Accreditation: Constructing a safer industry

The UK‘s construction industry is estimated to be worth just under £165 billion per year, contributing around 7% to GDP.  Throughout this vast and important sector everyone from architects and specifiers to product manufacturers and site managers know the importance of implementing a robust quality assurance system.  Whether it is a new build, repair or maintenance project, the appropriate material must be put in the right place, using the correct procedures, by people with the right level of competence.

The construction industry is served by numerous organisations providing a variety of certification, testing, inspection and calibration services.  If these organisations are the checkers, then who checks the checkers?  In the UK, this role falls to The United Kingdom Accreditation Service (UKAS), who assesses the competence of these organisations against internationally recognised standards.  Adding this extra layer of assurance, accredited tests, measurements, inspections and certification helps deliver a world of confidence throughout the construction process.

What can be accredited?
Accreditation works across all parts of the construction industry from planning, design and specification, through to site management and ongoing building maintenance.  It is instrumental in driving the adoption of best practice, efficiency and quality, but most importantly safety throughout this large and complex industry.

Investigation of sites, construction materials and all building products are tested in accredited laboratories for classification, durability, safety characteristics and specification compliance.  Similarly, accredited calibration laboratories enable measurements in those areas such as humidity, pressure, electrical, mass and dimensional values to be trusted.

Welding, lifting, using work equipment and the carriage of dangerous goods are examples of everyday construction activities assessed by UKAS accredited inspection bodies.  Companies providing asbestos surveys and legionella risk assessments to building duty holders are also able to be accredited by UKAS.  As are inspection bodies being used for utility services such as gas and electricity safety, plus the installation and operation of pressure vessels.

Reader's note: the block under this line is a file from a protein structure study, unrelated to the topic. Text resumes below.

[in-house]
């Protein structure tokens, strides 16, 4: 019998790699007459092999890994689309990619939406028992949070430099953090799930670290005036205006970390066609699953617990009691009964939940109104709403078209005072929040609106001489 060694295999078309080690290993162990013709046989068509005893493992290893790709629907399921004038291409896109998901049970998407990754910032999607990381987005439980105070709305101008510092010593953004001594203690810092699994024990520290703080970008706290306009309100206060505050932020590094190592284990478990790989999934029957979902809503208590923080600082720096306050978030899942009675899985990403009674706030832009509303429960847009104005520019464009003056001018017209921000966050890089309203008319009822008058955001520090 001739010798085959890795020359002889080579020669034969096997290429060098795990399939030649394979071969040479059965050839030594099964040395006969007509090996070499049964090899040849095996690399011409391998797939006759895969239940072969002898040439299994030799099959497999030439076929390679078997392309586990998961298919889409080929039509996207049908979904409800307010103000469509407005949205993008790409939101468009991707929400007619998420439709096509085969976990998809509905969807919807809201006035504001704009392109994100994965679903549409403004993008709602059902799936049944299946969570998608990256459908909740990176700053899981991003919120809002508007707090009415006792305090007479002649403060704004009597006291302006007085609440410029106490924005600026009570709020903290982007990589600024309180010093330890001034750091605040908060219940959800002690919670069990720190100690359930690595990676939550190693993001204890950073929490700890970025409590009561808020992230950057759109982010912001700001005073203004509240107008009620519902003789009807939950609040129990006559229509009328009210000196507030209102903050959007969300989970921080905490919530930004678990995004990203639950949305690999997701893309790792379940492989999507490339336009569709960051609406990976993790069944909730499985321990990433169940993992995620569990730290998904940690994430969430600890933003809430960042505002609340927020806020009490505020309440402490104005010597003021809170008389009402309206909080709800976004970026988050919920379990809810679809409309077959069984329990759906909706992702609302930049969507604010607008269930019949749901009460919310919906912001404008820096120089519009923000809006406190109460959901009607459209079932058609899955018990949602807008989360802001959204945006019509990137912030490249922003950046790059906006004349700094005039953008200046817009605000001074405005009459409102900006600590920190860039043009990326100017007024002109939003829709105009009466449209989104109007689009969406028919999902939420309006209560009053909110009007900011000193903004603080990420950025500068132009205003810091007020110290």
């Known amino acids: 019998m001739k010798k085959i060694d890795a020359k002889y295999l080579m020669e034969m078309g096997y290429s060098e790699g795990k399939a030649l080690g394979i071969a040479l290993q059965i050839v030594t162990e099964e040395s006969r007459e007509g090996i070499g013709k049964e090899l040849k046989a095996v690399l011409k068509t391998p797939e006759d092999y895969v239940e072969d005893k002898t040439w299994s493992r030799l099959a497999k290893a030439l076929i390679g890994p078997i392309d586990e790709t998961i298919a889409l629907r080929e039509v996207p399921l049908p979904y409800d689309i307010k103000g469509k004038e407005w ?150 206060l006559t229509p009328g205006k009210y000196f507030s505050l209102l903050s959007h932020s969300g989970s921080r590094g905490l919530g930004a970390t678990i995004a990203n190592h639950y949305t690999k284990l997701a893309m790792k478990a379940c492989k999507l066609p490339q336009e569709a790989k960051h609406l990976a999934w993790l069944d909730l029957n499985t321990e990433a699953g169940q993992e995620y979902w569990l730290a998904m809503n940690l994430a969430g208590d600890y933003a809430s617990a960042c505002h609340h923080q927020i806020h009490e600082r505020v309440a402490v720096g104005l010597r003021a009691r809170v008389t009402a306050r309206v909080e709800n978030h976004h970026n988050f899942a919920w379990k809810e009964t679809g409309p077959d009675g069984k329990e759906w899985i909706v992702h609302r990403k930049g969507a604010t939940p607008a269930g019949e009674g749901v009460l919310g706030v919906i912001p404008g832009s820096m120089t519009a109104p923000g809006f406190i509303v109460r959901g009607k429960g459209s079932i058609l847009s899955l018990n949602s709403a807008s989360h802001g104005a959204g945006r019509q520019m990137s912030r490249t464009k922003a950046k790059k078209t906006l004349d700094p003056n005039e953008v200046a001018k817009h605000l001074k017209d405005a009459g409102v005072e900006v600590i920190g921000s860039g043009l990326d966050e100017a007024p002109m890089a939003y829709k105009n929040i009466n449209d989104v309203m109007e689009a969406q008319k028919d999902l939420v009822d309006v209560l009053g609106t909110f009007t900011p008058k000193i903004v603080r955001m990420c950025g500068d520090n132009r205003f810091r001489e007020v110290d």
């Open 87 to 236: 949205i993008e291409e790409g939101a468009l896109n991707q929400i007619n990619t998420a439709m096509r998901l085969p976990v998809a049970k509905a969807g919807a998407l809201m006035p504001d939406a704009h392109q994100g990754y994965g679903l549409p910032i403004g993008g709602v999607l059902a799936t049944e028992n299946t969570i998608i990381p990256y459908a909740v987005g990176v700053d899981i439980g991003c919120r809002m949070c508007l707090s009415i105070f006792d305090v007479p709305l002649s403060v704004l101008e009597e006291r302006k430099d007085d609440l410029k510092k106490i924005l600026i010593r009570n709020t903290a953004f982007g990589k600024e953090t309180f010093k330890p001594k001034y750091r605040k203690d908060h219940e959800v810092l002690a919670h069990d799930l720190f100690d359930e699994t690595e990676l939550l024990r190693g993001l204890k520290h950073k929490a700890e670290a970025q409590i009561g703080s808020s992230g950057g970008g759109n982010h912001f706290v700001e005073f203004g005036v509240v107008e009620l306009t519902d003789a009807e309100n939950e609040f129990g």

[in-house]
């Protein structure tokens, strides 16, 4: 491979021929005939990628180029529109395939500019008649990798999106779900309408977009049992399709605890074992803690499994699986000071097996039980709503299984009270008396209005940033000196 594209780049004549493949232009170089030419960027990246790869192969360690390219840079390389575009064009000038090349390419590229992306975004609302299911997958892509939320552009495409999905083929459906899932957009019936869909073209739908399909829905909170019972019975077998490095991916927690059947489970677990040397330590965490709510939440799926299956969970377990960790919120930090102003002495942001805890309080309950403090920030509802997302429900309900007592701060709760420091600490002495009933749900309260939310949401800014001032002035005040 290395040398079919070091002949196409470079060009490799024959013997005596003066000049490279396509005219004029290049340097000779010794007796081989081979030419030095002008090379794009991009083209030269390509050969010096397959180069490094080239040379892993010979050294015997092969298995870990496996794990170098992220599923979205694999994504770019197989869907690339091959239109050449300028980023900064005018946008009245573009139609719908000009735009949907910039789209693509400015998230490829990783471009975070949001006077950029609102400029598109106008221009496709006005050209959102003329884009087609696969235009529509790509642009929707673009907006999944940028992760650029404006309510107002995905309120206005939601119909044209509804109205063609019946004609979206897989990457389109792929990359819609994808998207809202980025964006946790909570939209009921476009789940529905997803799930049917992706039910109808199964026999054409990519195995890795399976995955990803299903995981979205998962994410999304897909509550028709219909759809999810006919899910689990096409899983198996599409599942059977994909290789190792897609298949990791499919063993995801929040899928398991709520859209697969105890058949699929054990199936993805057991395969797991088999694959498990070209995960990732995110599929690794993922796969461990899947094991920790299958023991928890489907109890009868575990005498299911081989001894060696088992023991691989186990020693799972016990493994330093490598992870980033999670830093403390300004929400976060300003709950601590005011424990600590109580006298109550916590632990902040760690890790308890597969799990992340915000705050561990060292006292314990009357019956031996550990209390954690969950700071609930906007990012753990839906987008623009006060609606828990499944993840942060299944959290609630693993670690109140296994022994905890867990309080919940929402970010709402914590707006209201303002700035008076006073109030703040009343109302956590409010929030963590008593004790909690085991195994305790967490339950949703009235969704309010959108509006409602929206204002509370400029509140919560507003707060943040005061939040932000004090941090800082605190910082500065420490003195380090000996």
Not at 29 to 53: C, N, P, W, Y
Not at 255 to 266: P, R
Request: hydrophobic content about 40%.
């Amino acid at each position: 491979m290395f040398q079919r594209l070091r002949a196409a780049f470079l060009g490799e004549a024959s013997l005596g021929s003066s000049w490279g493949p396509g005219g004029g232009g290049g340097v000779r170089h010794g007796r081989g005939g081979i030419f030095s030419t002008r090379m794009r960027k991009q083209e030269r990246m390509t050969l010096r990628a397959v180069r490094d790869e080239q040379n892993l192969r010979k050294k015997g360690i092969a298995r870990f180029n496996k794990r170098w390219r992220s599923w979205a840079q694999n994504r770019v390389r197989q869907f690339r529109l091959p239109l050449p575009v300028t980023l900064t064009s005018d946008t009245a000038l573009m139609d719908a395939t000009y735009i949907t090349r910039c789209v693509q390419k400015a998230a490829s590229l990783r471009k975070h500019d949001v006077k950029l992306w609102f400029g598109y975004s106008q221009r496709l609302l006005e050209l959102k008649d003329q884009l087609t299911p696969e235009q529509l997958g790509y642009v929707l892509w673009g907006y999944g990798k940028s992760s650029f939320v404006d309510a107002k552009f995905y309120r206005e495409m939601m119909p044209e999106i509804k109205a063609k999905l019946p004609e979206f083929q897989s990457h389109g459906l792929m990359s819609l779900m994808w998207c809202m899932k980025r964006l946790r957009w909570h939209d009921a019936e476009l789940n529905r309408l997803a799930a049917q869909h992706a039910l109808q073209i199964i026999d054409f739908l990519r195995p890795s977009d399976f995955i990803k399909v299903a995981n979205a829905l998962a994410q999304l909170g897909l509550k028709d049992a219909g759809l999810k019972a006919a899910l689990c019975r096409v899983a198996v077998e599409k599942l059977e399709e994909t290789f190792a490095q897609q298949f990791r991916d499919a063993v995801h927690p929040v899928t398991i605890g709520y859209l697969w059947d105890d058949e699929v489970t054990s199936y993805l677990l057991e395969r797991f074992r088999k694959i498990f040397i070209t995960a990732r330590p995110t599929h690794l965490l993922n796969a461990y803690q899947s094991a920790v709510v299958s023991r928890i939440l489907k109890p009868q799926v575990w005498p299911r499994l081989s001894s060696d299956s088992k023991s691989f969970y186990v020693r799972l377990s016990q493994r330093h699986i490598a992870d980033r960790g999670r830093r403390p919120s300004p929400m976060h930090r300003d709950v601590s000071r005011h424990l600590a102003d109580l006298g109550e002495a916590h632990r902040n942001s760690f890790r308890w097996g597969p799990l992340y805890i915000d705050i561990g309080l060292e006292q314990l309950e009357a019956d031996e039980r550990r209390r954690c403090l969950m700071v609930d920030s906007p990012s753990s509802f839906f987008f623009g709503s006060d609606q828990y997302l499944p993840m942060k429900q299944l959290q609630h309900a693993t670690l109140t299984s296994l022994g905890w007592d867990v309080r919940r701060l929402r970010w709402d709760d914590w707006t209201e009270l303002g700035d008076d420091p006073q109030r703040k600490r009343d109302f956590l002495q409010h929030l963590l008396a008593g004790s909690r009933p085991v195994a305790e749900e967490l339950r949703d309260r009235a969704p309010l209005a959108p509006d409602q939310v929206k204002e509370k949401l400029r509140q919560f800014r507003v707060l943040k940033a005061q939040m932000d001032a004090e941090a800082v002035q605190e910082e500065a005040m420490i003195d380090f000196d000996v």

Environmental areas are covered by accreditation too, from the testing of brownfield sites for contaminants to ongoing certification for Environmental Management Systems.

Moving with the times
Accreditation has a strong track record of supporting quality and safety in emerging and evolving sectors.  For example, Building Information Modelling (BIM) is continuing to revolutionise the construction and infrastructure sectors, and UKAS is currently undertaking a BIM pilot assessment programme.

The recently announced Green Homes Grant scheme specifies that homeowners must use installers that have been independently assessed by an accredited certification body against PAS 2030: Improving the energy efficiency of existing buildings – Specification for installation procedures, process management and service provision.  To qualify for the scheme, installers must also register with either TrustMark or the Microgeneration Certification Scheme (MCS), which are themselves accredited by UKAS.  By covering all areas of the scheme (from the products, installation methods to the sales and aftercare services) recipients of a Green Homes Grant can be confident their installations meet required standards and enhance the overall energy efficiency of their homes.

Safety first
The Grenfell Tower tragedy has forever changed the way high-rise buildings will be designed, specified, constructed and managed.  It has brought the importance of safety within the industry to the forefront and how that could and will be enhanced.  UKAS has been working closely with the government and interested parties to ensure that people who design, construct, manage, work or live in high-rise buildings are confident that these structures have been built to provide a safe, long term solution.

The Construction Industry Council’s Competence Steering Group (CSG) was established during the Hackitt review.  In 2019 it released an interim report recommending that inspection bodies carrying out competency assessments on high-risk residential buildings personnel (such as designers, specifiers, installers and other professionals) be subjected to meticulous examination by an appropriate body, such as the Engineering Council or UKAS.  This, along with the recent creation of the Construction Products Regulator and the Building a Safer Future Charter ensures accreditation will continue to play a vital role in helping the construction industry protect lives by putting safety first when it comes to designing, building, managing and using buildings.